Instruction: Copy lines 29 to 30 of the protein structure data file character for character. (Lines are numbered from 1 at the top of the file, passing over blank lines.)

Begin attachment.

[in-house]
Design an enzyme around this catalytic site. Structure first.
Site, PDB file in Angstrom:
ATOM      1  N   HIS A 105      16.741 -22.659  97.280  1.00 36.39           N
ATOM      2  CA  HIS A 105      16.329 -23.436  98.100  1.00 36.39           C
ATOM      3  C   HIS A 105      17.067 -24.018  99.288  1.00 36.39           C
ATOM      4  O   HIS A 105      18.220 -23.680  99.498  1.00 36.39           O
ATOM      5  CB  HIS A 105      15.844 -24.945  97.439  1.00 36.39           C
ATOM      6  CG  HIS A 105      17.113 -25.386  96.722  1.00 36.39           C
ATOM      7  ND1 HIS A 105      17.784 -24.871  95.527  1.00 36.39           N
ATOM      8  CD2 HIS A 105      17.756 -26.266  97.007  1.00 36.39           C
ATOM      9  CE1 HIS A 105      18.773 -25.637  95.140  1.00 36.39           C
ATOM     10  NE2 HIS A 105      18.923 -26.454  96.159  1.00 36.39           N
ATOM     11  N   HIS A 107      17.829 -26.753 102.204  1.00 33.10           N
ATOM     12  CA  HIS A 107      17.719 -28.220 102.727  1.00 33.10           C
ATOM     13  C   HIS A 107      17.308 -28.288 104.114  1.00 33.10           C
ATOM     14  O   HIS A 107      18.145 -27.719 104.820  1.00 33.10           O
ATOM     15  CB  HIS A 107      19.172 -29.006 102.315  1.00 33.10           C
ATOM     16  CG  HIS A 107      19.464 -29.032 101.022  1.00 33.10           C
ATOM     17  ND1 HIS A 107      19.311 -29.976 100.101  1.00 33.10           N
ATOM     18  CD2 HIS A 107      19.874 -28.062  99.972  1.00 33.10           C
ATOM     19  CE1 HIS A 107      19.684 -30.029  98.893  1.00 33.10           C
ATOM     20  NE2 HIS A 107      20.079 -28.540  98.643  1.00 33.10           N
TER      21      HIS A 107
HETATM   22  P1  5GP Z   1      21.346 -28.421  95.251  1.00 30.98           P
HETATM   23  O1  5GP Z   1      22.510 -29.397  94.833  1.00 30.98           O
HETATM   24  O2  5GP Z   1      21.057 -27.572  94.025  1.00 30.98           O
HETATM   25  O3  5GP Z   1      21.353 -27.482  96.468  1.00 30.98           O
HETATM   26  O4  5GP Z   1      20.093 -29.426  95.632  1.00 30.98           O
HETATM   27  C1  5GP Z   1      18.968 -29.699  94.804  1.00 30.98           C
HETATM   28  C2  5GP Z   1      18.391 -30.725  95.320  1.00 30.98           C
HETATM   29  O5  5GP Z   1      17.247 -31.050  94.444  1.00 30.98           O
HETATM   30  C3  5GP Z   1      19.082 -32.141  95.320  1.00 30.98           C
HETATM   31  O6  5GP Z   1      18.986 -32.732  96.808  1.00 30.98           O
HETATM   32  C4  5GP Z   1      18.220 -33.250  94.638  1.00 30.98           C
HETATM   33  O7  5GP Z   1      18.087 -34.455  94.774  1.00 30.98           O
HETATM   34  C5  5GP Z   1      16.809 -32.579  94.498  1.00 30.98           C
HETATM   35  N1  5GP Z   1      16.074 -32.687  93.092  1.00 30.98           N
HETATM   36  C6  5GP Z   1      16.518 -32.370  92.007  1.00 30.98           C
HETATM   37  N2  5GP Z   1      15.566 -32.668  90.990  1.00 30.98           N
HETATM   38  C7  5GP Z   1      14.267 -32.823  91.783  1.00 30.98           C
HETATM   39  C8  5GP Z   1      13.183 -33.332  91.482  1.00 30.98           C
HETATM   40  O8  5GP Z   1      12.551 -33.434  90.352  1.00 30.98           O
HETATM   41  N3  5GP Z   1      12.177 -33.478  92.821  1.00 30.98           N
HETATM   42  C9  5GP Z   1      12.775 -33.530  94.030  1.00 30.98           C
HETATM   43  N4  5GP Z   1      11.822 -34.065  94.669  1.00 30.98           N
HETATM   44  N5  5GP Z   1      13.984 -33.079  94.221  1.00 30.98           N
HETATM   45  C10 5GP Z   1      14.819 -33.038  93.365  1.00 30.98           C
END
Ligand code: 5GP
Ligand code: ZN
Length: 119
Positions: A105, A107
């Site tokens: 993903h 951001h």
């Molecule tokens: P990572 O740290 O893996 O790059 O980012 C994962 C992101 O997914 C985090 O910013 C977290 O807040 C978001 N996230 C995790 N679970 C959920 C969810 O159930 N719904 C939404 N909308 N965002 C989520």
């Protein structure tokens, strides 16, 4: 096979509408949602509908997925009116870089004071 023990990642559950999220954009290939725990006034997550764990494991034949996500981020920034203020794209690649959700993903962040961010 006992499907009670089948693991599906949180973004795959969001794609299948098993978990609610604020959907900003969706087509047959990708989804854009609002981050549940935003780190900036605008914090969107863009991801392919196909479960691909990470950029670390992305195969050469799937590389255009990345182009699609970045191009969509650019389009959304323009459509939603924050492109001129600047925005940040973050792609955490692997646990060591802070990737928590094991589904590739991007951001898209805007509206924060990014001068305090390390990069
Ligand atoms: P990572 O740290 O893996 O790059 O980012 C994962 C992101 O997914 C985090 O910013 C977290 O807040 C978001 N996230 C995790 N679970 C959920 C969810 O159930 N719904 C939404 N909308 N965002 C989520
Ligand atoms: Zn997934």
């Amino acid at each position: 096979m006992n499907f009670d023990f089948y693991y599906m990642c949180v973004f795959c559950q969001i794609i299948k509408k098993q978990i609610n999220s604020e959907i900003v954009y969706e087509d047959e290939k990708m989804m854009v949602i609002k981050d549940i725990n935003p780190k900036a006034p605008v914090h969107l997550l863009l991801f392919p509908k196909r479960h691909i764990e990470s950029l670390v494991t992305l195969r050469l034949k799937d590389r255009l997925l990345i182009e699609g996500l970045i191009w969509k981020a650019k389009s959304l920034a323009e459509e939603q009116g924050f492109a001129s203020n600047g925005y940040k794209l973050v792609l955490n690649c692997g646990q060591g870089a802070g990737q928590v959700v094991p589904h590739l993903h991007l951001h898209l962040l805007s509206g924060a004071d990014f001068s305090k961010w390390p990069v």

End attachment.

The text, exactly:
HETATM   26  O4  5GP Z   1      20.093 -29.426  95.632  1.00 30.98           O
HETATM   27  C1  5GP Z   1      18.968 -29.699  94.804  1.00 30.98           C